To understand your fans' motivations and use your knowledge to maximize engagement, ask yourself the following questions:
  1. Why did fans like or follow me in the first place? This question is similar to an actor exploring her motivation in the play as a whole. Potential motivations here could be because they need information, they genuinely like your business and its products or services, they're curious about your business, they were/are bored, or because you provided an incentive, like a discount promotion.
  2. Why have fans engaged with me in the past? Just as an actor might research or create a back story for her character, diving into your statistics will give you a good sense of your fan base's motivations as you see what types of post they have interacted with most.
  3. Why would fans interact with a new post? In addition to understanding her overall motivation, an actor must work to find her motivation in each scene. Similarly, a social media manager must explore why a fan would want to interact with each post she writes. It could be the same as the overall motivation or it could be different. For example, a fan who likes a Facebook Page to relieve boredom might like a funny video post because it fulfills the same purpose. But he also might like a post because he is provided an incentive to do so, such as a product discount.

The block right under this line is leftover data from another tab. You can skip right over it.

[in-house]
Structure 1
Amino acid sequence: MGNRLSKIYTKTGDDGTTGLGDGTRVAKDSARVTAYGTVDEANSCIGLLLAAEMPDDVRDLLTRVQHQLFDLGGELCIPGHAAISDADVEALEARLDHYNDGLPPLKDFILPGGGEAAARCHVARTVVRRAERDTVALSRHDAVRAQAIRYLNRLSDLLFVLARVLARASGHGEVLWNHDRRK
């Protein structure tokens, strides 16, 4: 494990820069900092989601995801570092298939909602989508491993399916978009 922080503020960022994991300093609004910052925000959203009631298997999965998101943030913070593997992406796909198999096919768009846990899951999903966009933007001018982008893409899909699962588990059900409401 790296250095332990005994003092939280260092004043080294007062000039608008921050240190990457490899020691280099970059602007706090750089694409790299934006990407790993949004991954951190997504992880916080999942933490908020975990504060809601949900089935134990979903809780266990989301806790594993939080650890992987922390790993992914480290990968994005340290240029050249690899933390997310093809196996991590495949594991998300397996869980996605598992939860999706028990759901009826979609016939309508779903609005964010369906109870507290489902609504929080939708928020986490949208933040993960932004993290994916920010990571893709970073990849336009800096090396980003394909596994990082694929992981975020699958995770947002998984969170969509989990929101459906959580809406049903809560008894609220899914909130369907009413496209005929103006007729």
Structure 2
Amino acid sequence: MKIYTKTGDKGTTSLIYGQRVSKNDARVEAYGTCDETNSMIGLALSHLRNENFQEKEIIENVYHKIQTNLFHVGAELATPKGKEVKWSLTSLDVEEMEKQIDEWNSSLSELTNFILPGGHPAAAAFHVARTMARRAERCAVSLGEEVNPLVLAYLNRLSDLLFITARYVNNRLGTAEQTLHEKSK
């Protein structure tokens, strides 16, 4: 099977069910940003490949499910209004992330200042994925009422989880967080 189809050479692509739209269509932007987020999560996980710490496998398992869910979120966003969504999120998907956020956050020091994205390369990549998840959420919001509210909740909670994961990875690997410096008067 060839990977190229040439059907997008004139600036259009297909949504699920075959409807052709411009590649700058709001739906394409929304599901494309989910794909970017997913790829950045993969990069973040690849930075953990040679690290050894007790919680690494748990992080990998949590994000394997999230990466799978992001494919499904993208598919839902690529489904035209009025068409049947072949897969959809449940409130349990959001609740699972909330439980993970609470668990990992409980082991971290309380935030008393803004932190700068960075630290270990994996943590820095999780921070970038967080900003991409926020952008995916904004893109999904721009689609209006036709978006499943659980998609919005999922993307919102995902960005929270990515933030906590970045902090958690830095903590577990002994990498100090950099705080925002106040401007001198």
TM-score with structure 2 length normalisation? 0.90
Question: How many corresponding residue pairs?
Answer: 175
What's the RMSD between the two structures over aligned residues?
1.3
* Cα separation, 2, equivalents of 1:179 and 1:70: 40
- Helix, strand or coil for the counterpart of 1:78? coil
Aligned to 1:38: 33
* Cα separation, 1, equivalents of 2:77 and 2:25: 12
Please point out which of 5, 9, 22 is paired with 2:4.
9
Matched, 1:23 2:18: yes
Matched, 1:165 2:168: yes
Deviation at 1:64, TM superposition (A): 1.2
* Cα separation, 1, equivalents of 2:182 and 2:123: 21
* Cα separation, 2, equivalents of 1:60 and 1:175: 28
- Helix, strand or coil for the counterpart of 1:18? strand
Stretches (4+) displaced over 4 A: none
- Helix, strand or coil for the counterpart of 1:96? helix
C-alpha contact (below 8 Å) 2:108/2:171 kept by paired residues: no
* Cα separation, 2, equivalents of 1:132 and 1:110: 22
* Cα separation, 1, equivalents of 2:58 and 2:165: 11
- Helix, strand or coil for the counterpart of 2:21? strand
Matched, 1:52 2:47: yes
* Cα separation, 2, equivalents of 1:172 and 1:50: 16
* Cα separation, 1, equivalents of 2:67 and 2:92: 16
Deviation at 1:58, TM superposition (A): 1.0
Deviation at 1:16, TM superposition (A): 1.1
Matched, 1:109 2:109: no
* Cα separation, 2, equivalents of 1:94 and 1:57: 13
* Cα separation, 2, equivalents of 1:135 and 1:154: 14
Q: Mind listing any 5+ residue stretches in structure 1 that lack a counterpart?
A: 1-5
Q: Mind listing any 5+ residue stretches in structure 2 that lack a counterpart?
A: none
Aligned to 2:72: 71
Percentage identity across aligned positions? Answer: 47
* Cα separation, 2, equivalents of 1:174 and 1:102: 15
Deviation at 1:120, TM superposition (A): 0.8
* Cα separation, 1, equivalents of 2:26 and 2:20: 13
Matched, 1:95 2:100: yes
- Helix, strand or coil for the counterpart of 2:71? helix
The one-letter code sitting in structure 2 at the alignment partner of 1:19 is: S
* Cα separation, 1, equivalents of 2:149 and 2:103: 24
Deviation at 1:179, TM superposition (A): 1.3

4. What should I do now? An actor uses her understanding of her character's motivation to successfully perform a scene. A social media manager should therefor use her understanding of her fans' motivations to create a post that will satisfy those motivations. Doing so will increase the potential for engagement.